Michael Nelson '16 left, and Alexandru Hirsu '17 speak with Anke Wessels, center, at the 2013 Social Innovation Fellows workshop.
Michael Nelson '16 left, and Alexandru Hirsu '17 speak with Anke Wessels, center, at the 2013 Social Innovation Fellows workshop.

Spring semester classes don’t begin until Jan. 20 but 39 Hamilton students are back on campus a week early to take part in two Levitt Center programs. Twenty-six students are participating in the fourth Levitt Leadership Institute and 13 are involved in the Social Innovation Fellow Program.

The Levitt Leadership Institute (LLI) is an intensive leadership training program with a mission to help students recognize, develop, and practice the kinds of leadership skills essential to create personal and societal change. The LLI is led by former Ambassador Prudence Bushnell and leadership training expert Christine Powers. LLI promotes a global mindset, ethical behaviors, and regard for the public good. The Institute culminates with the chance to make a real and positive difference through a long term Commitment to Action Project that also transfers LLI skills and knowledge into real life situations.

LLI is a two-week program that takes place on Hamilton's campus during the first week and in Washington, D.C., the second week, during spring break. Participants learn about their own skills and attitudes as they listen and work with others in a succession of group challenges. Discussions and exercise around leadership skills include practice in active listening and difficult conversations. The hands-on, practical training ends with the large group challenge to design two days of activities in Washington, D.C. with leadership practitioners who will put week one's learning into context in areas of interest to participants.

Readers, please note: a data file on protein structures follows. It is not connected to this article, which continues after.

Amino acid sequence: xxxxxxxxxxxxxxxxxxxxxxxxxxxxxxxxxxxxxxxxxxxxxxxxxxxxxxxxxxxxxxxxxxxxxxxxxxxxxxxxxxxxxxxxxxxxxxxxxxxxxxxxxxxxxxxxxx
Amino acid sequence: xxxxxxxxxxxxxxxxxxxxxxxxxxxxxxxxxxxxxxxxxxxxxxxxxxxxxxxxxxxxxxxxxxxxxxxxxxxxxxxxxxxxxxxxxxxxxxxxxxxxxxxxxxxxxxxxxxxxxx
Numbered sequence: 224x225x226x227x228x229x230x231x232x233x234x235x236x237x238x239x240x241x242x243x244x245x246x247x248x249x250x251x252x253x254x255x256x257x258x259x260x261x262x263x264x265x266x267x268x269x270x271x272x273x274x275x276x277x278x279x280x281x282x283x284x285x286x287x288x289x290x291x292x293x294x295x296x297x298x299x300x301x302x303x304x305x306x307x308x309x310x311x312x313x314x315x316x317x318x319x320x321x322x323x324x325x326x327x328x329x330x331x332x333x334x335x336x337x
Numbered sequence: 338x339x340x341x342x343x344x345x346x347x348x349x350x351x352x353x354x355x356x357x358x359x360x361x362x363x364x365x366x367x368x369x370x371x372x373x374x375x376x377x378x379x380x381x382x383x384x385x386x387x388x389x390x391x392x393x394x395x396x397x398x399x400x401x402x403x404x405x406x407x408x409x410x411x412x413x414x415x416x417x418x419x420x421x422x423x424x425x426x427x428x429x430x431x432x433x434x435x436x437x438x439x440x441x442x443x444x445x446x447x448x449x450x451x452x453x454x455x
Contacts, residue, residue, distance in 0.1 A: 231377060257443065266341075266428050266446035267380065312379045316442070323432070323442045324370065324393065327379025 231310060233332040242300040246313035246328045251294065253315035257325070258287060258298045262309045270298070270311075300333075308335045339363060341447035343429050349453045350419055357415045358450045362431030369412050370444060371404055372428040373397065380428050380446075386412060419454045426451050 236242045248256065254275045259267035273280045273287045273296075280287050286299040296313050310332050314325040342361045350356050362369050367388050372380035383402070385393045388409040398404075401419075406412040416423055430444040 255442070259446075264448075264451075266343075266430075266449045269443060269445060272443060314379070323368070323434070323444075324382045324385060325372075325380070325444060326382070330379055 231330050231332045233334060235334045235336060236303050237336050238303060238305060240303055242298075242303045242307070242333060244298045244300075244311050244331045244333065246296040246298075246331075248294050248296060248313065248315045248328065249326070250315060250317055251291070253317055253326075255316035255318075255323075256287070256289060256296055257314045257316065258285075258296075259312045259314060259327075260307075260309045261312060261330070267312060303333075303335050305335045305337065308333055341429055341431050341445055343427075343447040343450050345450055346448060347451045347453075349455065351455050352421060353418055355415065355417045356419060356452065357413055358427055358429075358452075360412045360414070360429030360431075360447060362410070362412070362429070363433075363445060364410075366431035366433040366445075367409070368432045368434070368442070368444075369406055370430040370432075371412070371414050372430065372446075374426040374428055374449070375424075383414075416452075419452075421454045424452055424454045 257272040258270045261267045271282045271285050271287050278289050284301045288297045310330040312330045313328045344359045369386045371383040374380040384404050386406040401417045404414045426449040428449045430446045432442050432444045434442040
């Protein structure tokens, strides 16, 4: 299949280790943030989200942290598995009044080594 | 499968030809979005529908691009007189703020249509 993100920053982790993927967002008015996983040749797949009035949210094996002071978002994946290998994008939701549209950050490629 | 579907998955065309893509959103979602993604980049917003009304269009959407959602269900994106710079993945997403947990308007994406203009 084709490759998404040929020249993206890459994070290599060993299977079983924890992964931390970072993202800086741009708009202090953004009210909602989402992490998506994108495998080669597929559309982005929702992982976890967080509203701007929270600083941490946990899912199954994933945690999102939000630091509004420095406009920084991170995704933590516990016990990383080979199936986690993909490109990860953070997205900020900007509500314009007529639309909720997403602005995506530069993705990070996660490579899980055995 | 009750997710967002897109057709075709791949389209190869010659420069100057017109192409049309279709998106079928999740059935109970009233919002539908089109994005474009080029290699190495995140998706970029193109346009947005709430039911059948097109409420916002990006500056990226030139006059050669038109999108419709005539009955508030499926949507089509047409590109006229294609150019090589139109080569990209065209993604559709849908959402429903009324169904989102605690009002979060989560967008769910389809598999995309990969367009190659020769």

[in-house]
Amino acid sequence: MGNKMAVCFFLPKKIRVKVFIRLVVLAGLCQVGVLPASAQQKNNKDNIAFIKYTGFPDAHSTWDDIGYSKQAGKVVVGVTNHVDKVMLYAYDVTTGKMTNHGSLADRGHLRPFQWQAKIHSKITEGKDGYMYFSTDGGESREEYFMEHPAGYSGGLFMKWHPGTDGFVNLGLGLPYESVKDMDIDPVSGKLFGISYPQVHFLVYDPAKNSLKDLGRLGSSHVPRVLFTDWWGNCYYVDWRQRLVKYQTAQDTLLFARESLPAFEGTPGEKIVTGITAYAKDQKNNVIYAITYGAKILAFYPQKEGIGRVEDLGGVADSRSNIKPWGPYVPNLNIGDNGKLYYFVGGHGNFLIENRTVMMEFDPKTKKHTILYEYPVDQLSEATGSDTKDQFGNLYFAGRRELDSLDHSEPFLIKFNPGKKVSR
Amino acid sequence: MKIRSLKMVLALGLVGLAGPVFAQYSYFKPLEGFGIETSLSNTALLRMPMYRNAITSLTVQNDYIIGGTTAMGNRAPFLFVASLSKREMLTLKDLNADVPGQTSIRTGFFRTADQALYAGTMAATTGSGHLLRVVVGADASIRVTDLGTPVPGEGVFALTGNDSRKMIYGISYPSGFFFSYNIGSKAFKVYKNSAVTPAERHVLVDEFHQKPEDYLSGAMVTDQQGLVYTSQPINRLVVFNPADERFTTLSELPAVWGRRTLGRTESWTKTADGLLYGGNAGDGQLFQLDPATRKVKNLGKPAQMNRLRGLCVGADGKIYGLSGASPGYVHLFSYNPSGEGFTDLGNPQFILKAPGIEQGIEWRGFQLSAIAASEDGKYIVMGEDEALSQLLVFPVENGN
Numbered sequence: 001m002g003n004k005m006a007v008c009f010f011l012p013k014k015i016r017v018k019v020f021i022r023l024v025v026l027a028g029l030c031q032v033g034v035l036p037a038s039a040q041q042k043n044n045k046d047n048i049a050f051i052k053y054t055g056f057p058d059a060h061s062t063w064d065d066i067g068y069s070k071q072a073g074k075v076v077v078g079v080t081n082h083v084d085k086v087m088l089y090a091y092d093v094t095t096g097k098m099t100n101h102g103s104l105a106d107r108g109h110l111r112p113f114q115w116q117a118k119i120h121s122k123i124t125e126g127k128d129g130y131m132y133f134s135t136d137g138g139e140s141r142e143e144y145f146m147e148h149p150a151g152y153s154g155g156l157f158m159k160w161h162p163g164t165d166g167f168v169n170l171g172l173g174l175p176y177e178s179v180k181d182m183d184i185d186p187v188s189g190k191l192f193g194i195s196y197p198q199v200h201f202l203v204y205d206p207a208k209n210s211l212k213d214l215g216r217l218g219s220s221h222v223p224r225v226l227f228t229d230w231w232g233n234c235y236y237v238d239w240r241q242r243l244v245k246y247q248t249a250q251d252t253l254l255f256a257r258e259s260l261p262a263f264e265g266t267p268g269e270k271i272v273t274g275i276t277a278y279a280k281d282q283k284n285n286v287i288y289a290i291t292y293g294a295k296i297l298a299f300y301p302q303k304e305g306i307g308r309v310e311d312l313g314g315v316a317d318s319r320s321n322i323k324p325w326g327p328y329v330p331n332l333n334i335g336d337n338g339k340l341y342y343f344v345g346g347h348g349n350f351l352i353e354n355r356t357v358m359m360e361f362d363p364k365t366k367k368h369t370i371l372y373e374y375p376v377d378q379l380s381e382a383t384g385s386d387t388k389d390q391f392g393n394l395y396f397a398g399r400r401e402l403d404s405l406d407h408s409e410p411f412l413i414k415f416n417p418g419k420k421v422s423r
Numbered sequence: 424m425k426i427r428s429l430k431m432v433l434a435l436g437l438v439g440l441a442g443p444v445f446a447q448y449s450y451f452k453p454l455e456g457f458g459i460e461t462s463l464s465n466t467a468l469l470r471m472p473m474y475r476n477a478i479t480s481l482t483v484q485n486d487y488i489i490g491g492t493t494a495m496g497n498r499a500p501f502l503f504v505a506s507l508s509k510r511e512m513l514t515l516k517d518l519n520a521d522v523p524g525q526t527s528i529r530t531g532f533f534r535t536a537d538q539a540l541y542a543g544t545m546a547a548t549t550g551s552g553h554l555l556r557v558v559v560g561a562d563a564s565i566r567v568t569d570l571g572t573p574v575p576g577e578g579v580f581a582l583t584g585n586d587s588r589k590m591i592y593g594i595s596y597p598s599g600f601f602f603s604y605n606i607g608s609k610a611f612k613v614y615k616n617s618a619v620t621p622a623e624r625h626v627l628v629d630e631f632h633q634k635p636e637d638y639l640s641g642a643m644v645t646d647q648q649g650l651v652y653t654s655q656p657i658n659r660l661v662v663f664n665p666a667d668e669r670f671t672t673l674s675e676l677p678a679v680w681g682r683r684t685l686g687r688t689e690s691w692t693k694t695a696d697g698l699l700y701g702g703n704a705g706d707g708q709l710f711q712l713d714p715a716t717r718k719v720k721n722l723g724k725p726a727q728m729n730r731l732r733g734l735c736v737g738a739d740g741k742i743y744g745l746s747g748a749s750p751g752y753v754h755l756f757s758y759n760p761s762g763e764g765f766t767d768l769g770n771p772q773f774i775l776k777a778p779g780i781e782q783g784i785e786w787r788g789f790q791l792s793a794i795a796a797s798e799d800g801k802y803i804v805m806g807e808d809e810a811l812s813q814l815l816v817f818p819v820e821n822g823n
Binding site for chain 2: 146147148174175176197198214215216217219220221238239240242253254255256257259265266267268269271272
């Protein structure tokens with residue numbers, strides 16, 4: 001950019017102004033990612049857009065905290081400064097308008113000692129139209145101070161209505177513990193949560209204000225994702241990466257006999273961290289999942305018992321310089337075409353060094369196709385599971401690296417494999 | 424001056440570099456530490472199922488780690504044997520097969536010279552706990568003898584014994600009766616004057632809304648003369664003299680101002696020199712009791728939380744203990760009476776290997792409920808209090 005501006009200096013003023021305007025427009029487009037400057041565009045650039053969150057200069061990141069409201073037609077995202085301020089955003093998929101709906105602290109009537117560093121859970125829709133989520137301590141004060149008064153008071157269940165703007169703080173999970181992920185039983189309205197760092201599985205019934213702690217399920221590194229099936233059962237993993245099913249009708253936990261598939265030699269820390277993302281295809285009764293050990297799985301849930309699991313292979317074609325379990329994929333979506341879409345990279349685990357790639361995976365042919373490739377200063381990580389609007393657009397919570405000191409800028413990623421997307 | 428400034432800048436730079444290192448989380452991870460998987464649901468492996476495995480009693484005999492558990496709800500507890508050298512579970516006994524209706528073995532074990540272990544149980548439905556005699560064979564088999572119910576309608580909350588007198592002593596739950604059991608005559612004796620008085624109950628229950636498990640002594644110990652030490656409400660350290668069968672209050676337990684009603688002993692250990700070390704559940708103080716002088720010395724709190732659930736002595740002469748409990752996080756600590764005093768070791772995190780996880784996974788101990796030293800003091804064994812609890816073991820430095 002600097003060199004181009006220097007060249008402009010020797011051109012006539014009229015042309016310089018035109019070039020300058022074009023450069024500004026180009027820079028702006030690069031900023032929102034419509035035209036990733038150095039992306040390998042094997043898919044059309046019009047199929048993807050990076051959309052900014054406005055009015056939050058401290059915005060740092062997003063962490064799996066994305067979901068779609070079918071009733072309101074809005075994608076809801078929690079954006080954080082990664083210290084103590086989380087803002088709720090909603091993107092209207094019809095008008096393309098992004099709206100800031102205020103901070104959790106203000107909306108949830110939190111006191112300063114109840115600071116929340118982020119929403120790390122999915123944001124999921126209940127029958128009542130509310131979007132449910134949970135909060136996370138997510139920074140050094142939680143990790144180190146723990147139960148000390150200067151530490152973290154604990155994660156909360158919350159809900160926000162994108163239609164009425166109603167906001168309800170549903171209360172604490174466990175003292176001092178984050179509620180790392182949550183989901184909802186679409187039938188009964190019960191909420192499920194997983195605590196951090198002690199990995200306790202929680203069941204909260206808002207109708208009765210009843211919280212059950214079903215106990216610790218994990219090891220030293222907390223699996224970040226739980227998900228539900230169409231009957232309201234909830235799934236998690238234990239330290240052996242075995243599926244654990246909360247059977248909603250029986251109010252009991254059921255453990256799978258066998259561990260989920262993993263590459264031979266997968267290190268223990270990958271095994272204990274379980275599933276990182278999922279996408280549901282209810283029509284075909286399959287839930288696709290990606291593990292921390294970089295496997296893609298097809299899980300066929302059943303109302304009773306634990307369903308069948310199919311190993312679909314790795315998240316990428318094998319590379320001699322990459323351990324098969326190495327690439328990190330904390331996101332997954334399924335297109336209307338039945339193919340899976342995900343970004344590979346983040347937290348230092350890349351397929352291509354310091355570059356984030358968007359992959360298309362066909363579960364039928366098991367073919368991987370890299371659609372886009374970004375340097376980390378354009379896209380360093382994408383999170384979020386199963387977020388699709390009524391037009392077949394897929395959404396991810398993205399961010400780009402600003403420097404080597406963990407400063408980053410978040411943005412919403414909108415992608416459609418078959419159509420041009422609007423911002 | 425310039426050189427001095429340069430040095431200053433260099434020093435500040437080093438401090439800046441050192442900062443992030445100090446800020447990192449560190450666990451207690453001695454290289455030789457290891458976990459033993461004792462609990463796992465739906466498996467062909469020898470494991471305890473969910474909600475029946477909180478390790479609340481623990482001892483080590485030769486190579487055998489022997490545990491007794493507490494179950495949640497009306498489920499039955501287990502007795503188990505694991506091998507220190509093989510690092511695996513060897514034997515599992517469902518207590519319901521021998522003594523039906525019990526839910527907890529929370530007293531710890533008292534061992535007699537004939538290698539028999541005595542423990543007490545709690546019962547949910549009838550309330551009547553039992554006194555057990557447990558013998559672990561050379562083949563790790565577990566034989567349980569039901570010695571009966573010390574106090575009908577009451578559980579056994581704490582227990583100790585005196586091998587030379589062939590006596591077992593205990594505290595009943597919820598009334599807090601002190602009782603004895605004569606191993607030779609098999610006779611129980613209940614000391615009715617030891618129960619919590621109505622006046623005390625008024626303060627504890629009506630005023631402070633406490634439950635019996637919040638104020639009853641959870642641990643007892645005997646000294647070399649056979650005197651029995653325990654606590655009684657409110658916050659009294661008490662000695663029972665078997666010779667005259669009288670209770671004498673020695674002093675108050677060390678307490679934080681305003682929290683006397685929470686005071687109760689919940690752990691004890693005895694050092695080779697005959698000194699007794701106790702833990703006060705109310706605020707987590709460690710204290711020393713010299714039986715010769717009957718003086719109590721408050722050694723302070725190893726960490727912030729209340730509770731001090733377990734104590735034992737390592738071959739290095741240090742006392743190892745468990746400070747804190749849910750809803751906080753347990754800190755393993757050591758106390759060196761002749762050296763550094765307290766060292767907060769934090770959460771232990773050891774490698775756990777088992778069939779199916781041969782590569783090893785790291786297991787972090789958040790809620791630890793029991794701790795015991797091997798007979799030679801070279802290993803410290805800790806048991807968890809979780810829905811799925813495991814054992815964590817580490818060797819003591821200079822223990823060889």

Anke Wessels of Cornell University is leading the Social Innovation Fellow Program, a course that introduces participants to social entrepreneurs, innovators and visionaries – people who are coming up with new methods to resolve pressing social problems.

Currently in its second year, the weeklong program is modeled after an award-winning course Wessels teaches at Cornell. Students propose projects and some are selected to receive funding. The fellows will receive guidance in developing networks and mentoring support from alumni and community members.

Projects can be implemented in a variety of ways, including creating or changing institutional processes or programs; organizing a new network of existing organizations; or developing a for-profit business, a non-profit organization, or a student-run group; or some other method.  Whatever the approach, these innovations aim to bring a creative, novel or disruptive approach to solving persistent social problems.

Check back next week for firsthand accounts of both LLI and the Social Innovation Fellow program written by students participants.

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